Khanum, Khanom, or Khanoum (Kazakh: Hanym, Arabic: ?, Uzbek: Xonim, Azerbaijani: Xan?m, Turkish: Han?m, Persian: ?, Hindi: , Bengali: /?, Urdu: ?, Albanian: Hanëm) is a female royal and aristocratic title that was originally derived through a Central Asian title, and later used in the Middle East and South Asia. It is the feminine equivalent of the title Khan for a sovereign or military ruler, widely used by medieval nomadic Mongol tribes living north and northwest of modern-day China. "Khan" is also seen as a title in the Xianbei confederation for their chief between 283 and 289. The Rourans were the first people who used the titles Khagan and Khan for their emperors, replacing the Chanyu of the Xiongnu, whom Grousset and others assume to be Turkic.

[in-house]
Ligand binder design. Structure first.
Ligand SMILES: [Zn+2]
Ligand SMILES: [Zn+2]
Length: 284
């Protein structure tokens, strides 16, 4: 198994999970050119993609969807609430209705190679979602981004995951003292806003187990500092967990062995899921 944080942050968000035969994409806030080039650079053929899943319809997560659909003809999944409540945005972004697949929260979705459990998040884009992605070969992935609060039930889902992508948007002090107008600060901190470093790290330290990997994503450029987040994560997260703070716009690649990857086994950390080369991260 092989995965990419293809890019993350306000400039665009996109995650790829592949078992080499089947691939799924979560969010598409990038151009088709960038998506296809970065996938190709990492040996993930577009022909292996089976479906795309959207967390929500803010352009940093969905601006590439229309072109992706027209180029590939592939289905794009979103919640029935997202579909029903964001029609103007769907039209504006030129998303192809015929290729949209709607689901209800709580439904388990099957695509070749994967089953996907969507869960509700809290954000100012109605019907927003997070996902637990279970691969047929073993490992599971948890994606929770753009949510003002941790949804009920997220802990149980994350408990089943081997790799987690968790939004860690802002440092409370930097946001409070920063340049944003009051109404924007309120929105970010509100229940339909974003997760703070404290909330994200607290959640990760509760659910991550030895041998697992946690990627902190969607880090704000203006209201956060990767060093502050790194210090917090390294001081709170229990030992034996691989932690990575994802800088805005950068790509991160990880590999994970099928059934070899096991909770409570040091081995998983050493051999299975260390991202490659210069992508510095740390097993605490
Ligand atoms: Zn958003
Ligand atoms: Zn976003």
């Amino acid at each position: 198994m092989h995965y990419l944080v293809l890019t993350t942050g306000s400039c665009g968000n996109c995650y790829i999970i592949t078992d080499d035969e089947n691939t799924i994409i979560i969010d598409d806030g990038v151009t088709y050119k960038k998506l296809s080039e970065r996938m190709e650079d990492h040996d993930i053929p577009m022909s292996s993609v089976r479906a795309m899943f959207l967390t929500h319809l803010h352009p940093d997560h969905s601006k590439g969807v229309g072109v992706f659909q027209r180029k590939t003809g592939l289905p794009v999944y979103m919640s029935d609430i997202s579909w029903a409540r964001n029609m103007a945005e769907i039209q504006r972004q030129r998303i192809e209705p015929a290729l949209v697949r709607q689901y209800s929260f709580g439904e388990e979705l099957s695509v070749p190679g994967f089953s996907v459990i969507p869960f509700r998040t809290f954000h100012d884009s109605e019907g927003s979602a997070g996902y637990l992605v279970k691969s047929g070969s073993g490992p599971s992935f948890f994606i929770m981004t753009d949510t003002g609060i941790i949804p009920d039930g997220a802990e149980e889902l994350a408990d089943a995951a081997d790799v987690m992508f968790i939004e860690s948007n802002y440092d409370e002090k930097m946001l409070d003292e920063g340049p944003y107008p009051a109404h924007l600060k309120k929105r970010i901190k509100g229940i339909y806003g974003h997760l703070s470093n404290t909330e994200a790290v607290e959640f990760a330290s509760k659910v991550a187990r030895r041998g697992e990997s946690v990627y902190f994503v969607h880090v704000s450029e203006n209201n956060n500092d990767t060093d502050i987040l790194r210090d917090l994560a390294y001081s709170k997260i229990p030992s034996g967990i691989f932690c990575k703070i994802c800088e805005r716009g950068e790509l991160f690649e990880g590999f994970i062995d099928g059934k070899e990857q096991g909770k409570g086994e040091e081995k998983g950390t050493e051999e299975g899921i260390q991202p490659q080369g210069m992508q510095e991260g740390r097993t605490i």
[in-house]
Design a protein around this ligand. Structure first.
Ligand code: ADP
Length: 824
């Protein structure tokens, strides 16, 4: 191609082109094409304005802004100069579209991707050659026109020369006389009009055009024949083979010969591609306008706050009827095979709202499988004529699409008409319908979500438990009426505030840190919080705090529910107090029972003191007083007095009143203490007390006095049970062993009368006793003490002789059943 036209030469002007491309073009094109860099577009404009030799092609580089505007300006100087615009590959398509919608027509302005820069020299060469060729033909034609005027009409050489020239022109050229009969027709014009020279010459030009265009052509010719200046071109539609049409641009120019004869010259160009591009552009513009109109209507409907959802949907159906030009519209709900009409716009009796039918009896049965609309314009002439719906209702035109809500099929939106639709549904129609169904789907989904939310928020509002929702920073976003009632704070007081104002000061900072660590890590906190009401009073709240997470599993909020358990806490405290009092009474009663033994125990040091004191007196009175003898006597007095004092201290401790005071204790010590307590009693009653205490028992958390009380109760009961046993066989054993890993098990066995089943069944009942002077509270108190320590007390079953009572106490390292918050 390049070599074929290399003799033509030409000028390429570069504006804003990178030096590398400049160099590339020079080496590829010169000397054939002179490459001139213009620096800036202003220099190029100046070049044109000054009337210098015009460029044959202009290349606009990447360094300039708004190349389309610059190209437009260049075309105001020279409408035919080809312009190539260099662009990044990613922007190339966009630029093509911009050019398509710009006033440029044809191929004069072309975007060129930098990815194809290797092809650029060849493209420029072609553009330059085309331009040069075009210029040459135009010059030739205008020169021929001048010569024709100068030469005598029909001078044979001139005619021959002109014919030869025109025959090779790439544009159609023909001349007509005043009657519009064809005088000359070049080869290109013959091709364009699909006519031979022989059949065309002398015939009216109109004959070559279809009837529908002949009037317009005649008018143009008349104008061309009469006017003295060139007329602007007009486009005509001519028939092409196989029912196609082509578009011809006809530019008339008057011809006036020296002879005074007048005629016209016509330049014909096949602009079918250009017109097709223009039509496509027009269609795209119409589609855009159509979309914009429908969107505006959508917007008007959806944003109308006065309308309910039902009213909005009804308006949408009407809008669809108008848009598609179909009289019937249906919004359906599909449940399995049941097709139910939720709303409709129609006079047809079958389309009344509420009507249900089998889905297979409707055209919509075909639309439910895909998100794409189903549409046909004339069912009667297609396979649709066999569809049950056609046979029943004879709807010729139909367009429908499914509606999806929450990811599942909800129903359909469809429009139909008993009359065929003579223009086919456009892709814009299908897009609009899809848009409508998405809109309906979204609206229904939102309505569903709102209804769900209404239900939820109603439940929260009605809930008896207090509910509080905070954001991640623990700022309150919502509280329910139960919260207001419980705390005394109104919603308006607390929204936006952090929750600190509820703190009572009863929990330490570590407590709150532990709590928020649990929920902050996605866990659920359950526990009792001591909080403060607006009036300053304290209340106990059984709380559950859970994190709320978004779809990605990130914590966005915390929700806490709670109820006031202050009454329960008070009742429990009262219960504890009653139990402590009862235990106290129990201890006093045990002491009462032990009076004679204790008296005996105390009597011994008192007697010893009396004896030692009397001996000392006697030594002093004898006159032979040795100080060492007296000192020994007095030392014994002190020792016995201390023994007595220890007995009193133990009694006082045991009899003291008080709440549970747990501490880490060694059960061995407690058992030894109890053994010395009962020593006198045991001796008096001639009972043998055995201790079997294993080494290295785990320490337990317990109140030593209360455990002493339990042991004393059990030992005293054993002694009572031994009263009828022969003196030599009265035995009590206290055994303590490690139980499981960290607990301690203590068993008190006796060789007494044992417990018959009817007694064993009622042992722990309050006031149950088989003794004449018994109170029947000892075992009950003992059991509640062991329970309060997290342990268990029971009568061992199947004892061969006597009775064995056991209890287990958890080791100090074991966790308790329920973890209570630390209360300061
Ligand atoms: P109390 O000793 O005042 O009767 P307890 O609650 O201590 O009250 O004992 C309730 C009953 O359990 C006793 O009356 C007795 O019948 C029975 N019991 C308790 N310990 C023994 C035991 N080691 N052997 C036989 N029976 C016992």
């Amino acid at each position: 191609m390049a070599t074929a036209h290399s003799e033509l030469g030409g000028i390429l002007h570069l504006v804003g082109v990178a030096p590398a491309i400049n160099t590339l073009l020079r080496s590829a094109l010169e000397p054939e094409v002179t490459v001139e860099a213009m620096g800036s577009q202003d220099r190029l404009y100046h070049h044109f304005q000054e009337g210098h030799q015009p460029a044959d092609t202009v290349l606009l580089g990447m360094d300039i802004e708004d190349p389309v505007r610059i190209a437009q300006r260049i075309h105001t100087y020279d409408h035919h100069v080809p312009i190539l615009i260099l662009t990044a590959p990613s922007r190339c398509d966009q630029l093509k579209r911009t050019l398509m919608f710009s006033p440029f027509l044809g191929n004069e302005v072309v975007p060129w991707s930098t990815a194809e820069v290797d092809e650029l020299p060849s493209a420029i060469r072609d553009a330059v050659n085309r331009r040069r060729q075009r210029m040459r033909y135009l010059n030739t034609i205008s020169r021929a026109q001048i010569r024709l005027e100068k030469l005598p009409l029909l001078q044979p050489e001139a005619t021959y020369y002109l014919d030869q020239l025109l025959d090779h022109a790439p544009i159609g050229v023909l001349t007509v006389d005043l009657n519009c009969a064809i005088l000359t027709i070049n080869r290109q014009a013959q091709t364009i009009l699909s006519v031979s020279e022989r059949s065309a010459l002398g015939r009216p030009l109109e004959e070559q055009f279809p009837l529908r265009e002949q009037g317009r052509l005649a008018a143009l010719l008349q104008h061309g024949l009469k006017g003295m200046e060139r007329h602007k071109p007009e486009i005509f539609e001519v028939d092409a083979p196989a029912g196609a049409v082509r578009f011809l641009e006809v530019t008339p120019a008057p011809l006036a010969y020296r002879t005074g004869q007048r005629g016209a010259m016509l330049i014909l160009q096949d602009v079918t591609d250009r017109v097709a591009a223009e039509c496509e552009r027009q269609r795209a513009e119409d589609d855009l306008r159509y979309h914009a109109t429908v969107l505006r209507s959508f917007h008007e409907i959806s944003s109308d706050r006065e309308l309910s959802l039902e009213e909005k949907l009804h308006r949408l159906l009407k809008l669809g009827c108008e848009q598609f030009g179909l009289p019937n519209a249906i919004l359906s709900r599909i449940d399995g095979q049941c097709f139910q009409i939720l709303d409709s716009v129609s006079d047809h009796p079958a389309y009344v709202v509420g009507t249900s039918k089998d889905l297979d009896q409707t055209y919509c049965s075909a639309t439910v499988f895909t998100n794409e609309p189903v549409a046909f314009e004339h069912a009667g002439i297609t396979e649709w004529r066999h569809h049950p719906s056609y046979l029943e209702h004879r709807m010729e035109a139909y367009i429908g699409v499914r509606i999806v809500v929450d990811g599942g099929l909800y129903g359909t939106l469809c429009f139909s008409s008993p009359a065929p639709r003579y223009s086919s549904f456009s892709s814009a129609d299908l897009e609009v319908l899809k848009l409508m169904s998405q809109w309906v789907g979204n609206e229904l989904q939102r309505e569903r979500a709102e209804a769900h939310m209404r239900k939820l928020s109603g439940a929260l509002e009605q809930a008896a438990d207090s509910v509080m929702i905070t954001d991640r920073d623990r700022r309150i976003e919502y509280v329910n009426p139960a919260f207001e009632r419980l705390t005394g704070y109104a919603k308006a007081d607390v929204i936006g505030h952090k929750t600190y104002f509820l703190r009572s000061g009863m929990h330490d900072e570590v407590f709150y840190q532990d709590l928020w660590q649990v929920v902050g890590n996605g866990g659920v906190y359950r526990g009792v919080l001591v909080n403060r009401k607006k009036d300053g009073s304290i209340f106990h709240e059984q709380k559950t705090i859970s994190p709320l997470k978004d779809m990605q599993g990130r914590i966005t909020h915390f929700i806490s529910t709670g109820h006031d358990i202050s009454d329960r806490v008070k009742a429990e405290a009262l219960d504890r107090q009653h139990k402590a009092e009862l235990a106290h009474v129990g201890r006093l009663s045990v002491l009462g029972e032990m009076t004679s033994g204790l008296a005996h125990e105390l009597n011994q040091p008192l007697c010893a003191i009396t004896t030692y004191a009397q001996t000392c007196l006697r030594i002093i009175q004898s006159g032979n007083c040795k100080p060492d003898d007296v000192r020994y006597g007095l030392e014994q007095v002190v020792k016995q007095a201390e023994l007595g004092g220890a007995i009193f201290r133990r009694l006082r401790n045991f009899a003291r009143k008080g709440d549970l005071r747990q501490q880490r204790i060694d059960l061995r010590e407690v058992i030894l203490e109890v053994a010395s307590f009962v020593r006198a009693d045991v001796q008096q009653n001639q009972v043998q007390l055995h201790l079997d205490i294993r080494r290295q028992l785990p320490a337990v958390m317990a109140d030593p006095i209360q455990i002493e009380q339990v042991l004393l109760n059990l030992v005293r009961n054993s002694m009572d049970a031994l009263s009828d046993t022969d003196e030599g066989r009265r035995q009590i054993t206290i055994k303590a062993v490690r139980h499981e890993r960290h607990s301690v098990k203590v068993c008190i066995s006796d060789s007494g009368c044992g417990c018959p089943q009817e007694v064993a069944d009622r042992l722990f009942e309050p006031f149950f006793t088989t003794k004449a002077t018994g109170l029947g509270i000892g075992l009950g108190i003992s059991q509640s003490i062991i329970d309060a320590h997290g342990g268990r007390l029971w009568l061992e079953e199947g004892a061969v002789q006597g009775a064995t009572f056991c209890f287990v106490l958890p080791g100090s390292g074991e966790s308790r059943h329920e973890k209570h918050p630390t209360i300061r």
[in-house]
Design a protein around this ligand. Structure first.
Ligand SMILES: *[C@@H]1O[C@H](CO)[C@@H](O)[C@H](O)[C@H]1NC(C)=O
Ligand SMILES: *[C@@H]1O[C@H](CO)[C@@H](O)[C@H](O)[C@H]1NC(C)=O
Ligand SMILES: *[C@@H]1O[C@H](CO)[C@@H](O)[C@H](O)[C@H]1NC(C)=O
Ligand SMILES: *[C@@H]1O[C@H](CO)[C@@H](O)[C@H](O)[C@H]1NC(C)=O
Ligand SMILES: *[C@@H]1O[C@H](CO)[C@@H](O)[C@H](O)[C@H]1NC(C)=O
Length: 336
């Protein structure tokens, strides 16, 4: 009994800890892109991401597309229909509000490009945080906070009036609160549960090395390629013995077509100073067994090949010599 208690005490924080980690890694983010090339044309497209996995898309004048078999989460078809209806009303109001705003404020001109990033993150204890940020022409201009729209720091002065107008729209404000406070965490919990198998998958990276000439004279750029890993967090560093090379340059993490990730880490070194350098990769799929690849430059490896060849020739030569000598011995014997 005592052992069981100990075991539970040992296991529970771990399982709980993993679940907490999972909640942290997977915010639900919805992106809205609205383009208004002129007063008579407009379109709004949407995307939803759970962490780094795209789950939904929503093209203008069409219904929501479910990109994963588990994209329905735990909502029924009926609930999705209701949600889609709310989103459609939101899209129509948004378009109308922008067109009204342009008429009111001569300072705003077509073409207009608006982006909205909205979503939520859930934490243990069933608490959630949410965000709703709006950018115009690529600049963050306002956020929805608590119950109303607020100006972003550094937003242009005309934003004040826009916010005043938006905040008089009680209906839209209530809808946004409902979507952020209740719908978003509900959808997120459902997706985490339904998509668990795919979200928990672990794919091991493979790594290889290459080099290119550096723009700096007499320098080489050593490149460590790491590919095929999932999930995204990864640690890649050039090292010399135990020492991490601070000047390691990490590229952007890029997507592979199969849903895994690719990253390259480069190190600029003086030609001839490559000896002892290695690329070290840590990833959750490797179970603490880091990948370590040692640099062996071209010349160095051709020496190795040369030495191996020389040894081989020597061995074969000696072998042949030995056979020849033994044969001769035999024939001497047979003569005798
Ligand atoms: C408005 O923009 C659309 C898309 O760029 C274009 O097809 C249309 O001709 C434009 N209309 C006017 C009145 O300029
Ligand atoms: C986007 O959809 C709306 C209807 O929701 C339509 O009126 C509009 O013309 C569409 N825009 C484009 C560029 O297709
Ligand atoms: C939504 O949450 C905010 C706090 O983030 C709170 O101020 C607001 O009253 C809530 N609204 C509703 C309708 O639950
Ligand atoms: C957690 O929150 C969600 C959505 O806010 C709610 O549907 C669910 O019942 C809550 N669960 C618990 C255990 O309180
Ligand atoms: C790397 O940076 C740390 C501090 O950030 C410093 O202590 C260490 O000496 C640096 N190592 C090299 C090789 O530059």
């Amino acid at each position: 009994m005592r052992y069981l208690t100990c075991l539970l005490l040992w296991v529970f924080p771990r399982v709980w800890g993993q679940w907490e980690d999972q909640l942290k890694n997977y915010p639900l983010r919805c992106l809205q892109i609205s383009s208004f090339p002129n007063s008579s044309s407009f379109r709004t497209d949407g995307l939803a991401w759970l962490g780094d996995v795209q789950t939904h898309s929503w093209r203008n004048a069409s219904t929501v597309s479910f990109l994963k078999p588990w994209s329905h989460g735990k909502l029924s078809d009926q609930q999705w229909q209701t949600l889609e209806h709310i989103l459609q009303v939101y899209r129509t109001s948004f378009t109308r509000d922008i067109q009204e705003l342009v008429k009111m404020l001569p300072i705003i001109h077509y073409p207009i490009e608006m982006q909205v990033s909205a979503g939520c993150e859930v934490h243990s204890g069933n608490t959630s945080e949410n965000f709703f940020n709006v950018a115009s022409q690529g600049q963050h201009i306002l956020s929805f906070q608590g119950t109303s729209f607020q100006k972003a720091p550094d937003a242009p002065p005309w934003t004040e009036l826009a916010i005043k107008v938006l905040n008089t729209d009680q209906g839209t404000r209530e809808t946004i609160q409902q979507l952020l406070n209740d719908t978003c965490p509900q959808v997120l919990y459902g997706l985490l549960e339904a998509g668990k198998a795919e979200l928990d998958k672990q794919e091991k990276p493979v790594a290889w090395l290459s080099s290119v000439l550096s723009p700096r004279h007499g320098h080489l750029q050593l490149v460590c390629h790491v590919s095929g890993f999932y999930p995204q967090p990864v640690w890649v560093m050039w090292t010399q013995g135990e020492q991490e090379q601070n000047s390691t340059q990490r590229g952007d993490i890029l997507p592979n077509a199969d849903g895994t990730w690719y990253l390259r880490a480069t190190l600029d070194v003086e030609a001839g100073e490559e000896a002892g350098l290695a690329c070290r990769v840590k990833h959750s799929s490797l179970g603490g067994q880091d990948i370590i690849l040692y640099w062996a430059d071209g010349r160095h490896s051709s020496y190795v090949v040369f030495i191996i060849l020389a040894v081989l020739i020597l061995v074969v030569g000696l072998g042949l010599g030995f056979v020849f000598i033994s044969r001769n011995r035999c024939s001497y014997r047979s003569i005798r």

Today, the term is used as a way to respectfully address women of any social rank. "Khanum" is the eastern equivalent of "madam", or more colloquially, "ma'am".
In the original meaning "begum" and "khanum" are the feminine equivalents or counterparts of "beg" and "khan"--like the English "lord" and "lady".